After receiving these documents, Kilbane learned for the first time that on December 21, 1978, Mrs. Burke, as the personal representative of the Greason estate, had tendered to the Bank a $50,000 check bearing the handwritten notation: "Balance of loan due." Thereafter, Kilbane sent a letter to the district court in which he requested (1) that he be afforded "a reasonable opportunity to investigate the circumstances surrounding the ... negotiation of [both] the [Greason] check" and the settlement agreement between Mrs. Burke and the Bank, and (2) that the district court order the Florida state court to provide the case file in the suit against Mrs. Burke.
On July 27, 1983, the district judge entered another order stating that the first release executed by Mrs. Burke and the Bank established that the Bank had not released Kilbane from his guaranty. The order granted the Bank's motion for summary judgment and denied Kilbane's request for additional discovery, noting that there was "absolutely no indication that the [Greason] check [was] relevant to the instant suit," that the resolution of the case did not require the file in the Florida case, and that Kilbane had already been given adequate time for discovery. Kilbane appeals.
Appellant's central contention is that because the payments made to the Bank by Mrs. Burke and the Greason estate "may have" extinguished the Burkes' indebtedness, and thereby released Kilbane of any obligations under his guaranty, the district court erred in granting the Bank's motion for summary judgment.3 We disagree.
We find no merit to Kilbane's contention that Mrs. Burke's settlement with the Bank following the Florida court action may have been in full satisfaction of the Burkes' obligation. Kilbane presented no evidence in support of this claim. Moreover, the first release specifically states that it "reserves any and all rights, claims, demands, damages, causes of action or suits that said releasor [the Bank] might now have or might subsequently accrue to it against any other obligor by reason of any matter or other thing whatsoever...." It is clear from this language that Kilbane was not released by the settlement agreement between the Bank and Mrs. Burke.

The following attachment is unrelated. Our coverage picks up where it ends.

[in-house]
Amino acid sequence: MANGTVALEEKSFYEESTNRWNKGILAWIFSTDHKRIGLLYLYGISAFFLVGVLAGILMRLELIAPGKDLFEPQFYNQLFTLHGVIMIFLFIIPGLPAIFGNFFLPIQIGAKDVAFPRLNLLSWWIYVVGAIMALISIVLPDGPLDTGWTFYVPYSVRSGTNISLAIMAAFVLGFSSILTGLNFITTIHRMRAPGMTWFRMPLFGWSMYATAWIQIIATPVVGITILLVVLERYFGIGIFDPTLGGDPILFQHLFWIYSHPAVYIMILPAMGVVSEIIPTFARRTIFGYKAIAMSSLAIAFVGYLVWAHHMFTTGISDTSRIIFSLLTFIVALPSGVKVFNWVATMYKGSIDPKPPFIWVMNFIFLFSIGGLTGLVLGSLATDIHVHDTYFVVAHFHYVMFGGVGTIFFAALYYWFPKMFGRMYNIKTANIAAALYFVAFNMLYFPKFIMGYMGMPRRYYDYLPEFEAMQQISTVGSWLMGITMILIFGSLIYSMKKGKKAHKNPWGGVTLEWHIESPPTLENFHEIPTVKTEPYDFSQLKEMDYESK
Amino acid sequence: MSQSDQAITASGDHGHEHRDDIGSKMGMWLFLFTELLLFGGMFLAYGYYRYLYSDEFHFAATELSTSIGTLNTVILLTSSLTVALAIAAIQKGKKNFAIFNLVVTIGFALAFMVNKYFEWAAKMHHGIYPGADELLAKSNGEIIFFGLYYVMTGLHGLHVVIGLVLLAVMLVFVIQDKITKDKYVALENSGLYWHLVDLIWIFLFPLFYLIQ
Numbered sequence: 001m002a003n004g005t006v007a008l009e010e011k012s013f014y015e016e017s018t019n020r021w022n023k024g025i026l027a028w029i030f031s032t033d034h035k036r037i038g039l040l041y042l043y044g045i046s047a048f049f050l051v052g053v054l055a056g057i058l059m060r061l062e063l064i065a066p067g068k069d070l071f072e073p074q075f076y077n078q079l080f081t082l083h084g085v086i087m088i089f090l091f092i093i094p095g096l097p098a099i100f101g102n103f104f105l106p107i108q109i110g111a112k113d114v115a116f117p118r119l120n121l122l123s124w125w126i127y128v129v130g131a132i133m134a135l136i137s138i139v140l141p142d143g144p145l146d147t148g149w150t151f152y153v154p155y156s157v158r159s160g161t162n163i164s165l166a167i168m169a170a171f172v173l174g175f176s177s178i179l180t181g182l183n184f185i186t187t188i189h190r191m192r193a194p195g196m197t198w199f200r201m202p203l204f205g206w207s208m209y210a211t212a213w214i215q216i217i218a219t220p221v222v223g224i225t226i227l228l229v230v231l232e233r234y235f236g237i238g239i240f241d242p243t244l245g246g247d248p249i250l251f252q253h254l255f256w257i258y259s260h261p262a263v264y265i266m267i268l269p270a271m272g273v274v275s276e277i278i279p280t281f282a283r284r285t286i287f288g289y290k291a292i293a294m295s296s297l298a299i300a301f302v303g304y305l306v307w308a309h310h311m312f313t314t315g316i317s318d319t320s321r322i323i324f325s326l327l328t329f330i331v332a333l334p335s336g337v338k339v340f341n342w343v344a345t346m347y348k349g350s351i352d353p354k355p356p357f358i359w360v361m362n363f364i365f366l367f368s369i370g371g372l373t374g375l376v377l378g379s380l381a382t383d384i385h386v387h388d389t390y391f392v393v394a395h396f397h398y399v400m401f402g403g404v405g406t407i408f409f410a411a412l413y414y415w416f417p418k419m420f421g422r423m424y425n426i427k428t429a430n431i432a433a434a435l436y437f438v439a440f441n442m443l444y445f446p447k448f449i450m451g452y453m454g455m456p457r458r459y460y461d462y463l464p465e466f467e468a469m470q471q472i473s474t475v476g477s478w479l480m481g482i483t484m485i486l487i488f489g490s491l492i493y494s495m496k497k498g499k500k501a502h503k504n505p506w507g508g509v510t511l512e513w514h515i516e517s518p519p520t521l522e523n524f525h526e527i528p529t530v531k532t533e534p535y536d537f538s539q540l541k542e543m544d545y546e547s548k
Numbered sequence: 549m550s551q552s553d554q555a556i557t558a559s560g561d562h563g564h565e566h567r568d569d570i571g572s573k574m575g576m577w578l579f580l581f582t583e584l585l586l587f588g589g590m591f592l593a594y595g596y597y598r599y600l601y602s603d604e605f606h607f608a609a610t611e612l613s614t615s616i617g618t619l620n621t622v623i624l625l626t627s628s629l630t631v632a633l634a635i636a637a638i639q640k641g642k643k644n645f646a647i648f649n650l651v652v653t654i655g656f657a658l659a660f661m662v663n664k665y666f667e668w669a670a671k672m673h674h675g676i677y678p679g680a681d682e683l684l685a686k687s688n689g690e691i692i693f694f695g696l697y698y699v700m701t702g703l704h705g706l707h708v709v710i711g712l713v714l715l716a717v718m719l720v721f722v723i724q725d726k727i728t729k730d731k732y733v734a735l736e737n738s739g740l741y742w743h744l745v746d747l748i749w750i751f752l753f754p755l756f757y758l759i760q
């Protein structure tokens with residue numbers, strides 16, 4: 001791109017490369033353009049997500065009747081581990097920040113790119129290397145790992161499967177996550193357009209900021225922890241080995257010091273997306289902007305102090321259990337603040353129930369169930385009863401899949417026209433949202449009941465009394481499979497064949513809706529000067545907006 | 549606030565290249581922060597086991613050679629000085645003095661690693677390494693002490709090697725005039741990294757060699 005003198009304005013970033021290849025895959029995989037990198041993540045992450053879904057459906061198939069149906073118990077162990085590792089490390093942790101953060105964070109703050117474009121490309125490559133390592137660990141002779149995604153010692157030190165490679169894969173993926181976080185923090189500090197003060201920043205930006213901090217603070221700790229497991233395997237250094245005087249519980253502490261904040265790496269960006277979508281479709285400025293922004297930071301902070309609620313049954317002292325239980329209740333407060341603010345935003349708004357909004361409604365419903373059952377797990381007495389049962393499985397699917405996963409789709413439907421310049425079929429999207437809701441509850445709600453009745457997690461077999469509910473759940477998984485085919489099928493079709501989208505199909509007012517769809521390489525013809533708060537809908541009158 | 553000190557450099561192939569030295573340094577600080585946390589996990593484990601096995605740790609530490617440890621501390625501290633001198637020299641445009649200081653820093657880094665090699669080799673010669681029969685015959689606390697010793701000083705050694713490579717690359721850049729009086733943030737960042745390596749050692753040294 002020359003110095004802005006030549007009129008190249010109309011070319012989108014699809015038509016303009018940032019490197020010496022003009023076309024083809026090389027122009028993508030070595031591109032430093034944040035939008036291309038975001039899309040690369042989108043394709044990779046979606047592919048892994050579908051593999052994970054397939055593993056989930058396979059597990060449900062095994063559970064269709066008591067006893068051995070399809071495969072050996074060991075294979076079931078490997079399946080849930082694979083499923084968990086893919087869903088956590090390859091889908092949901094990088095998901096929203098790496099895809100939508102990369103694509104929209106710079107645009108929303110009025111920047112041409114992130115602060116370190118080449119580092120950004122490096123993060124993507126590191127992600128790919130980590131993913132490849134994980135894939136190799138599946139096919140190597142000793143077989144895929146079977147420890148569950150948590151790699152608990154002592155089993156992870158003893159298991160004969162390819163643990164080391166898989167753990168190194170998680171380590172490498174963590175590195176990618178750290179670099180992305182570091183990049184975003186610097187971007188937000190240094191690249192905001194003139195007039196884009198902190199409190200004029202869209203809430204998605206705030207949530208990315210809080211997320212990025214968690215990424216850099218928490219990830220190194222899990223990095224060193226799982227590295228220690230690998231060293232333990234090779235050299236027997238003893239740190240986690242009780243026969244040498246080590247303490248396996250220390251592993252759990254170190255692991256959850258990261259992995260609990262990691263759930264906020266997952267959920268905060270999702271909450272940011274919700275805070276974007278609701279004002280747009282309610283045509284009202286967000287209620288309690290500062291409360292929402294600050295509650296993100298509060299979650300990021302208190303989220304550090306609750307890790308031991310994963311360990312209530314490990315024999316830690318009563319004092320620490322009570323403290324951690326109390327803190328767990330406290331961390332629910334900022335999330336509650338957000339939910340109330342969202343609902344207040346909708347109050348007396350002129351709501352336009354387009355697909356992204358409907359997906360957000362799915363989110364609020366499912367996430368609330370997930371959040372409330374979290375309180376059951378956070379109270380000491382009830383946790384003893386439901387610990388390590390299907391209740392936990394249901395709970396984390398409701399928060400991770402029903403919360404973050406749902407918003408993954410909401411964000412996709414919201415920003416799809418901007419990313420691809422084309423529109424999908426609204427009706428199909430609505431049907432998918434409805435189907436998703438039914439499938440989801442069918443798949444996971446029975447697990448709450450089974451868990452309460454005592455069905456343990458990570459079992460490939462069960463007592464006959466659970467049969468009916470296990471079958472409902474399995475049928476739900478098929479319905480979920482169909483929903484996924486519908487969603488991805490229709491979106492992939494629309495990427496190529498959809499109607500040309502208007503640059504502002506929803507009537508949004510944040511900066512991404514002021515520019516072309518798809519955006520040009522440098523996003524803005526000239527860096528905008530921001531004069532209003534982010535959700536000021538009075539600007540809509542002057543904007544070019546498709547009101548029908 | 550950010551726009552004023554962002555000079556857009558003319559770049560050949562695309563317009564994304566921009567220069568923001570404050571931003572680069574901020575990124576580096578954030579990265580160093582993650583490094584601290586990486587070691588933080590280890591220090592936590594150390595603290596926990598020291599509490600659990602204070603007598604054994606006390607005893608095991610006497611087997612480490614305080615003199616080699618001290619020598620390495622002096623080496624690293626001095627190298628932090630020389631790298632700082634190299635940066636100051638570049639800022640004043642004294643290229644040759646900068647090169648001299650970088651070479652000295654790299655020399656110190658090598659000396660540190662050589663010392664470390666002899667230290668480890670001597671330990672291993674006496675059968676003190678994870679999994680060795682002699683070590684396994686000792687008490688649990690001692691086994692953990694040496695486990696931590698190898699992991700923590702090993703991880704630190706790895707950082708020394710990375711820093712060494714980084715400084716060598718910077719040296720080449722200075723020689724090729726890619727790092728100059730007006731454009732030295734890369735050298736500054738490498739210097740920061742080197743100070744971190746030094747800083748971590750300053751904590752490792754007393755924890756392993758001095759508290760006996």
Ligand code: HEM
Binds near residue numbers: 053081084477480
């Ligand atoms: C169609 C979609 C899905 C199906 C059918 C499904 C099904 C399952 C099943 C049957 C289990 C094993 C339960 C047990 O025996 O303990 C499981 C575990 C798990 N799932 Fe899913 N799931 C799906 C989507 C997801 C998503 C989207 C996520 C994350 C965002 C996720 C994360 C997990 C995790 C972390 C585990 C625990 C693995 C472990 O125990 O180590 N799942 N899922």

In the alternative, Kilbane contends that Mrs. Burke's settlement with the Bank could have been for a personal debt that she incurred, and for which neither Mr. Burke nor Kilbane, as Mr. Burke's guarantor, was liable. Kilbane then goes on to argue that the Burkes' entire indebtedness to the Bank under the demand notes may have been released by the check from the Greason estate. Kilbane bases this argument upon the handwritten notation "Balance of loan due," on the corner of the check.
Three facts in the chain of events following the Bank's receipt of the Greason check preclude us from accepting this argument. First, in January, 1981, over two years after Mrs. Burke drew the $50,000 check against the Greason estate, the Bank obtained a judgment against Mr. Burke in the sum of $307,638.83, in New York state court. Clearly, the Bank would have had no reason to bring this action--and would never have obtained its judgment--if Mr. Burke had no longer been indebted to the Bank. Second, later that same year, Mr. Burke listed the Bank as an unsecured judgment creditor on his schedule in bankruptcy. Thus, as of 1981, it was obvious to all the parties concerned that the Greason payment had not terminated Mr. Burke's indebtedness. Finally, three years after the Greason check was drawn, the Bank brought a civil action against Mrs. Burke and, in settlement, Mrs. Burke paid the Bank $55,000.4 It defies all logic to suggest that the Bank would have brought this action, or that Mrs. Burke would have agreed to settle it, if either party believed the Burkes' entire indebtedness had been extinguished in 1978. Thus, we conclude that there is no merit to Kilbane's alternative argument that the check drawn on the Greason estate may have released the Burkes of their obligation to the Bank.